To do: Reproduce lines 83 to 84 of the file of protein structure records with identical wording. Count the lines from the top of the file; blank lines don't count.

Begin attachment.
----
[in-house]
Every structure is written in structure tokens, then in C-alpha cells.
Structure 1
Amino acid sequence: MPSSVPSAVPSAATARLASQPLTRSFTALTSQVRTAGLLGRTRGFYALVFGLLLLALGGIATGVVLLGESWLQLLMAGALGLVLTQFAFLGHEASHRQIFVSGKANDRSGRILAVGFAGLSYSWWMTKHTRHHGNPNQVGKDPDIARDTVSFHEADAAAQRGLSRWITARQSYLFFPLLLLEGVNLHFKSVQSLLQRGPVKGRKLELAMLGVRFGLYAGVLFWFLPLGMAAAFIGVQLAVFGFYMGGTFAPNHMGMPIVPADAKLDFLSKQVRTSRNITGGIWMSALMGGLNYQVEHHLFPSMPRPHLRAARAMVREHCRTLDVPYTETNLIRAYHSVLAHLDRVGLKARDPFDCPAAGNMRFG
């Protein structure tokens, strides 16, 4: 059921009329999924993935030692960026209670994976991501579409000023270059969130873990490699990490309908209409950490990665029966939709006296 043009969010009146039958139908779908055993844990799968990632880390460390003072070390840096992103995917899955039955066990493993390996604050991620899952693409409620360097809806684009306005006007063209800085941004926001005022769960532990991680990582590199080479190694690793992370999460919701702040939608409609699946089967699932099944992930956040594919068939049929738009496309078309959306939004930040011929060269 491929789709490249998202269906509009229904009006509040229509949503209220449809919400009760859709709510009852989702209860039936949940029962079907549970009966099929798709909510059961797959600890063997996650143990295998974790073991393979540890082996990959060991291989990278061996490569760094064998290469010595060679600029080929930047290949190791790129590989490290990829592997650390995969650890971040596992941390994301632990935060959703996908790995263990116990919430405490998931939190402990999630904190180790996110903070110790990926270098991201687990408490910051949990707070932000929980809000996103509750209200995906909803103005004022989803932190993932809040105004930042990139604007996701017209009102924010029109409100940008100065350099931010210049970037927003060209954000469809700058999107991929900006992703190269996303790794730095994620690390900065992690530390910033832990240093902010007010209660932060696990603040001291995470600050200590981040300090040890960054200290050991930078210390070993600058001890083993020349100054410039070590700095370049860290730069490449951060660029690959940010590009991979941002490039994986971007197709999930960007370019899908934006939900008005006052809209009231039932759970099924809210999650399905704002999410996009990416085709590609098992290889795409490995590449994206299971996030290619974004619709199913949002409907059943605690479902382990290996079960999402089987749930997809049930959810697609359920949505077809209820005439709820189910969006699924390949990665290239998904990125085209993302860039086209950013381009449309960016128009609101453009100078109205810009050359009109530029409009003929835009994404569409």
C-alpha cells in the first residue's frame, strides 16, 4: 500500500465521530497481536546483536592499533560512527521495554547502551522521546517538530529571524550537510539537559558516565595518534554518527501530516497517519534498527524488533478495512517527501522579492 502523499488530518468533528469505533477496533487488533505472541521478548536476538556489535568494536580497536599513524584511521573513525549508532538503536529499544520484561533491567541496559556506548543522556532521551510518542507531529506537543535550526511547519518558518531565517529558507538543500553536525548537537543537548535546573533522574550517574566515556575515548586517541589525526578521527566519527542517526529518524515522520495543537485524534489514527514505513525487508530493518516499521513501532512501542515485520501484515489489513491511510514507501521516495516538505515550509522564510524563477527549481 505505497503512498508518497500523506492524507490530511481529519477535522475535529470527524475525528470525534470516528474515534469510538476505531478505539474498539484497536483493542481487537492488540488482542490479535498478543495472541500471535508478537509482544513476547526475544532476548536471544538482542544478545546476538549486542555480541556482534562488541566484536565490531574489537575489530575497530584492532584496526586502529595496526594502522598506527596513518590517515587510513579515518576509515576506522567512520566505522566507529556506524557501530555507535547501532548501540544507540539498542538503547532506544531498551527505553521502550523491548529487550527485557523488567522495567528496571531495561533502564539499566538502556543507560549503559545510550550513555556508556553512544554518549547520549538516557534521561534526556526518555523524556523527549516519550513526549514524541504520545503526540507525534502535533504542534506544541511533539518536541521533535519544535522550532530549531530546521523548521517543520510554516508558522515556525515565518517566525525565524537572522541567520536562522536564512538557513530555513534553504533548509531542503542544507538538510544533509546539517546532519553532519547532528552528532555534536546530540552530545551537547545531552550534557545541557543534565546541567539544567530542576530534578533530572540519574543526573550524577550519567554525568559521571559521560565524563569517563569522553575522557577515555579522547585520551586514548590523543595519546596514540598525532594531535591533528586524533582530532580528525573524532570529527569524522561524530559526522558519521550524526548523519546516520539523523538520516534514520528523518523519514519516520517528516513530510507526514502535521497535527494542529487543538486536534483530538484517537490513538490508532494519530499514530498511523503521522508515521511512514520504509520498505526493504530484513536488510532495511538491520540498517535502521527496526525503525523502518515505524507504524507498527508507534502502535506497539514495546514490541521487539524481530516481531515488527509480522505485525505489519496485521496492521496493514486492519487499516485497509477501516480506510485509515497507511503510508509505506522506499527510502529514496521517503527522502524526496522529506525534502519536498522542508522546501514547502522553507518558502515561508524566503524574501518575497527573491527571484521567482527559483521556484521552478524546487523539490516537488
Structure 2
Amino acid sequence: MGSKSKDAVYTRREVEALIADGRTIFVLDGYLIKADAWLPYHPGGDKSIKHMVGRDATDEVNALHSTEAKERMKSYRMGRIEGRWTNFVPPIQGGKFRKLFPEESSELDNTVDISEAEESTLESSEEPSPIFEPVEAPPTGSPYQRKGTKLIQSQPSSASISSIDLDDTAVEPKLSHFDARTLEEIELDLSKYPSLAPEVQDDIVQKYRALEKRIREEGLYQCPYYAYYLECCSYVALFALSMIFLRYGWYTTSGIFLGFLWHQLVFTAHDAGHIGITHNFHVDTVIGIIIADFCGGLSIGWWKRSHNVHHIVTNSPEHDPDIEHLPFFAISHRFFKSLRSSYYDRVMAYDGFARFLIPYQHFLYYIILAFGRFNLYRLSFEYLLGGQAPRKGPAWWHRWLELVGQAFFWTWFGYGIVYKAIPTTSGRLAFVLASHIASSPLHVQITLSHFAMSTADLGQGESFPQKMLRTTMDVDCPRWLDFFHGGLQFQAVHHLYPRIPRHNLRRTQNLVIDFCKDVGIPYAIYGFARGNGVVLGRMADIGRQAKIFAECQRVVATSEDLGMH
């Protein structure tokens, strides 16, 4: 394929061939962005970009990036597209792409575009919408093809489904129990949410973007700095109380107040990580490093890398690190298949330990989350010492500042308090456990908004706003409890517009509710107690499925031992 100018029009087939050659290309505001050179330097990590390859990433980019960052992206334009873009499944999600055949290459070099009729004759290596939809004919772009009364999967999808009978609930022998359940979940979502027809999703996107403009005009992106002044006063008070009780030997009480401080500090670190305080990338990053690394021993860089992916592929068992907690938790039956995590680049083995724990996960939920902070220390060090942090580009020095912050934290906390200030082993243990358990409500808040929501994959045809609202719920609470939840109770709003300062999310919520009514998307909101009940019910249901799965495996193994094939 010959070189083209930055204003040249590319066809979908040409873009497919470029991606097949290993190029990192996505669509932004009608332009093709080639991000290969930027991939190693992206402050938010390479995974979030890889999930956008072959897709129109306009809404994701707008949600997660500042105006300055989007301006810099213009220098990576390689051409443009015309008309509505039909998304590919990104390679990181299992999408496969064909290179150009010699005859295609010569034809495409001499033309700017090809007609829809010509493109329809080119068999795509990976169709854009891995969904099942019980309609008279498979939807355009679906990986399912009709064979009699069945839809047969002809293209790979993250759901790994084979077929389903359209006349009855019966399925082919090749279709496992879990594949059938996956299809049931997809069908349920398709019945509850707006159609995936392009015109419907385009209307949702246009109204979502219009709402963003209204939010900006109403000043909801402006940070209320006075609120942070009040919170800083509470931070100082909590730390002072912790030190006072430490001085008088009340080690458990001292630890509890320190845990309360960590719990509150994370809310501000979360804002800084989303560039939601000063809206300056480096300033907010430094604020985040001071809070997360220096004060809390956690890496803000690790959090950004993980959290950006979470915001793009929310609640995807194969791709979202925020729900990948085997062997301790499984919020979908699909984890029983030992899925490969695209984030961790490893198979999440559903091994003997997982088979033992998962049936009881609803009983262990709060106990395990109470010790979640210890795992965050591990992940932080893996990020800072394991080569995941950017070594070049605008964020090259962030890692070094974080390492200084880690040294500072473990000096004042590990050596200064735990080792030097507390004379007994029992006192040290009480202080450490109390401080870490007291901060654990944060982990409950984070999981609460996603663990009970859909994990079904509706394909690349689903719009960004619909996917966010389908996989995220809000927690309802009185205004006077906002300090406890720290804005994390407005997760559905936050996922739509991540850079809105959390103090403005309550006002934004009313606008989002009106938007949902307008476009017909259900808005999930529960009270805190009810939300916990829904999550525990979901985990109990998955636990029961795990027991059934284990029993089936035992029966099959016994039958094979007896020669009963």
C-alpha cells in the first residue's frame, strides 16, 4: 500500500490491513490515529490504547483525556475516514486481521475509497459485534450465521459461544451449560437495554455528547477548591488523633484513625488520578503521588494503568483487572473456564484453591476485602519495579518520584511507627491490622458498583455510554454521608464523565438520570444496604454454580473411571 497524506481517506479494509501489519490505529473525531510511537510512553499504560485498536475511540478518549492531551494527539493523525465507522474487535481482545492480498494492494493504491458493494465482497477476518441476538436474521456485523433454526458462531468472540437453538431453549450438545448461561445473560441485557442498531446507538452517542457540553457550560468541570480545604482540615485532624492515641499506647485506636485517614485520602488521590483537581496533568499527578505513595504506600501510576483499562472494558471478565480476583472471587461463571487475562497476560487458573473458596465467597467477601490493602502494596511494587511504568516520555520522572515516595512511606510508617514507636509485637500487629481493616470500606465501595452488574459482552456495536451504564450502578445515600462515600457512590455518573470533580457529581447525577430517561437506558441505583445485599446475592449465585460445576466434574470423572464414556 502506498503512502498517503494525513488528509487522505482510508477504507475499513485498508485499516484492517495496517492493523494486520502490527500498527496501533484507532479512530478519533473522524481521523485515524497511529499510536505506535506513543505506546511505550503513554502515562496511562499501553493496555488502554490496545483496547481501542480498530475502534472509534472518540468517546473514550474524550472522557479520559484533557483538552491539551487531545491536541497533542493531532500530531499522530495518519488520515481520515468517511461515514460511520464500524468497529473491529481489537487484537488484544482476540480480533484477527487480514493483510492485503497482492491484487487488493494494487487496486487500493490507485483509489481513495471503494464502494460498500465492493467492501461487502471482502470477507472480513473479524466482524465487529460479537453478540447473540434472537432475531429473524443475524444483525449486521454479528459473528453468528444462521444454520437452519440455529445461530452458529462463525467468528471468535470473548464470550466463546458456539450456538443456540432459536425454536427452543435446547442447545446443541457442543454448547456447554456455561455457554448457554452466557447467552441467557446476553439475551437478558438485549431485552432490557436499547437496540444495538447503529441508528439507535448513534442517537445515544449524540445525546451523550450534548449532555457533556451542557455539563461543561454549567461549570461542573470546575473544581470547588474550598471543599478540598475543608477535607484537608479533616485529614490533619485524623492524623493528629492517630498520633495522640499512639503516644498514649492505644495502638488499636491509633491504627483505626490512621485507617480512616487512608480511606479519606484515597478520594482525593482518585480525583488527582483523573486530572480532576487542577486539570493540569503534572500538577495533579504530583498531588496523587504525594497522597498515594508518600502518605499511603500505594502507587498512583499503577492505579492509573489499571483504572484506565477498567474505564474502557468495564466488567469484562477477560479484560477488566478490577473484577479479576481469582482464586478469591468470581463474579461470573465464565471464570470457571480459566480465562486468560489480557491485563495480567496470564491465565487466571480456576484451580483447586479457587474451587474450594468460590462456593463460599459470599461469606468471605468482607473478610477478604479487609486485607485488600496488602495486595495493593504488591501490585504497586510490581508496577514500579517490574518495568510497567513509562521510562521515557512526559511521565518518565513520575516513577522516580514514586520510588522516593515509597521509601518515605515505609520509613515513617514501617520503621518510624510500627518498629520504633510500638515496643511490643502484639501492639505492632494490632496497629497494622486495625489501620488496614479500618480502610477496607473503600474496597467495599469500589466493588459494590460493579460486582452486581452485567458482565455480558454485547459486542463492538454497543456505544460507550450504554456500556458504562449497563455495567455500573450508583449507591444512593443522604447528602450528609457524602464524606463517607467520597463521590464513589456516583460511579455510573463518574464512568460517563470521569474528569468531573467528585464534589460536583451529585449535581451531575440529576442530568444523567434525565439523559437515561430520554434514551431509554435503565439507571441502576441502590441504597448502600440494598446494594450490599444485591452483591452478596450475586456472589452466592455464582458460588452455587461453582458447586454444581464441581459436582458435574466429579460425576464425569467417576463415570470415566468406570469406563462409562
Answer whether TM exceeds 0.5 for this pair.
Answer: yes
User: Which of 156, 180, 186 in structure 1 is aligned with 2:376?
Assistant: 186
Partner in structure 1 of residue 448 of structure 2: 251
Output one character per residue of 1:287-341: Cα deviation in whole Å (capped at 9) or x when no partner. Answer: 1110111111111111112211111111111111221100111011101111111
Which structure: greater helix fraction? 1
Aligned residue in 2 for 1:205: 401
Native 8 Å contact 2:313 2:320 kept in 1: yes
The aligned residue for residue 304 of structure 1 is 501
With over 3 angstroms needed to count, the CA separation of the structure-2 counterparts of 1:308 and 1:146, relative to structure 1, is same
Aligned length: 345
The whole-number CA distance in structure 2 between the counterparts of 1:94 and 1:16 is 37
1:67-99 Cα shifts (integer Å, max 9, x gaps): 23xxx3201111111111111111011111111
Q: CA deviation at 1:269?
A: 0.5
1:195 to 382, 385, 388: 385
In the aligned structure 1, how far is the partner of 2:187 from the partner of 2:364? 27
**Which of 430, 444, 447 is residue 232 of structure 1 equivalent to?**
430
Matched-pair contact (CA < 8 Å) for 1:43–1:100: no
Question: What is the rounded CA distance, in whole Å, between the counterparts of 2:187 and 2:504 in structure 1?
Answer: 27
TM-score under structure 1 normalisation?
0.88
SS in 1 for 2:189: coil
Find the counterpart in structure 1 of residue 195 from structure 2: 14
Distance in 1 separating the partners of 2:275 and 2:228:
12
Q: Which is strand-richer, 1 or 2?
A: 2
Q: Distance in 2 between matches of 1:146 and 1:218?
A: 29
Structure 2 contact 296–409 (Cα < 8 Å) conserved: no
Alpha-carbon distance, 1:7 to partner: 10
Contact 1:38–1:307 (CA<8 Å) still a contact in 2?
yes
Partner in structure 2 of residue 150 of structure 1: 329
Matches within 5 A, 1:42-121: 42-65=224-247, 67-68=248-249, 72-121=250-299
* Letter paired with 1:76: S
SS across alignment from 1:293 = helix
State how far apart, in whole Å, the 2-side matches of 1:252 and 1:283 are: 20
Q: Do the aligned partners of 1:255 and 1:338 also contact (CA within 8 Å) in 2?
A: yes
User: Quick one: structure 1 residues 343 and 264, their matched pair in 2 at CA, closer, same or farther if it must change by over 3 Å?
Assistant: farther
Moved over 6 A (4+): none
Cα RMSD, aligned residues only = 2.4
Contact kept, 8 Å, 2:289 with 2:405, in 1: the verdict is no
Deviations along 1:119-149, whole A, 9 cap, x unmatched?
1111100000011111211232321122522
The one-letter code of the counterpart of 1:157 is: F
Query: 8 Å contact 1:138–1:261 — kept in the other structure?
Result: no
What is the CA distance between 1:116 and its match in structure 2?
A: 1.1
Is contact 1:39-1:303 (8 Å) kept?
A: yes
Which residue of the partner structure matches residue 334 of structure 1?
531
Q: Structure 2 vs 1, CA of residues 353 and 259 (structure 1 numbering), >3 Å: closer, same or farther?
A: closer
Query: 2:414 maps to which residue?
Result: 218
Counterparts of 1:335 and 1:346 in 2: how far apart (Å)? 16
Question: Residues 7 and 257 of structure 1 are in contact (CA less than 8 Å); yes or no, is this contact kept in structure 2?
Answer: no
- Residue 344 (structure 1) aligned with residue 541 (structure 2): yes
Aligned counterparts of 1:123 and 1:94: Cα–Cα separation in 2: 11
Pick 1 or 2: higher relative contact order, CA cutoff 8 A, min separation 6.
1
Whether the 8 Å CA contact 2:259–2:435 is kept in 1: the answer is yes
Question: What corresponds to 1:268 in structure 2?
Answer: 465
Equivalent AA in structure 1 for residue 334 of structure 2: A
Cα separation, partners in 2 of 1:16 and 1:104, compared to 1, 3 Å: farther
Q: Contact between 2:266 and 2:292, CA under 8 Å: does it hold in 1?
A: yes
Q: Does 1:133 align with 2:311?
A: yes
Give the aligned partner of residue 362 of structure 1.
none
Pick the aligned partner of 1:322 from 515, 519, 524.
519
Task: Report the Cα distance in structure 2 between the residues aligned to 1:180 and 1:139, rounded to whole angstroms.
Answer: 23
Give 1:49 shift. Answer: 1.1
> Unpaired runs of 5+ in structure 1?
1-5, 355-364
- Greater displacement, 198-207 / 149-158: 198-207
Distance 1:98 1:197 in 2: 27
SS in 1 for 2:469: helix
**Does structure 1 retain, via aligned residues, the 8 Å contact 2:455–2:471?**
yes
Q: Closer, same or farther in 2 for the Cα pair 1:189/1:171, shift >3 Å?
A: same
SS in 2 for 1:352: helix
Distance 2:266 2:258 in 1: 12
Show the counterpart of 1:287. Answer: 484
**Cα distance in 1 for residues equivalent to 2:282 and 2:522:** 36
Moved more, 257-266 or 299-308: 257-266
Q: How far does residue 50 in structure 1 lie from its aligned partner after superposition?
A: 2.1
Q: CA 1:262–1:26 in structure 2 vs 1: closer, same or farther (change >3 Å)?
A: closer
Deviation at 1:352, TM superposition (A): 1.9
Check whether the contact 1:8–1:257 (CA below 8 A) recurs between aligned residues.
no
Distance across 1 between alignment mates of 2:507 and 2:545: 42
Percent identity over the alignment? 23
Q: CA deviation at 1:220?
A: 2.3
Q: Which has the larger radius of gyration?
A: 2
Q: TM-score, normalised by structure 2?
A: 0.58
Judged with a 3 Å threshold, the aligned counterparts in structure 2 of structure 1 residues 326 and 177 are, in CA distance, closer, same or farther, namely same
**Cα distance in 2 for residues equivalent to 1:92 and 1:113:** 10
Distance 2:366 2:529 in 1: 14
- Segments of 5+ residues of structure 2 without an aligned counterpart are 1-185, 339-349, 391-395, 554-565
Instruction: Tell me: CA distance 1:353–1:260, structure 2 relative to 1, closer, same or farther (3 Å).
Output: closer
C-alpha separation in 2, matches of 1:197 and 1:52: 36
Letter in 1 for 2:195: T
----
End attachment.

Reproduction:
Question: What corresponds to 1:268 in structure 2?
Answer: 465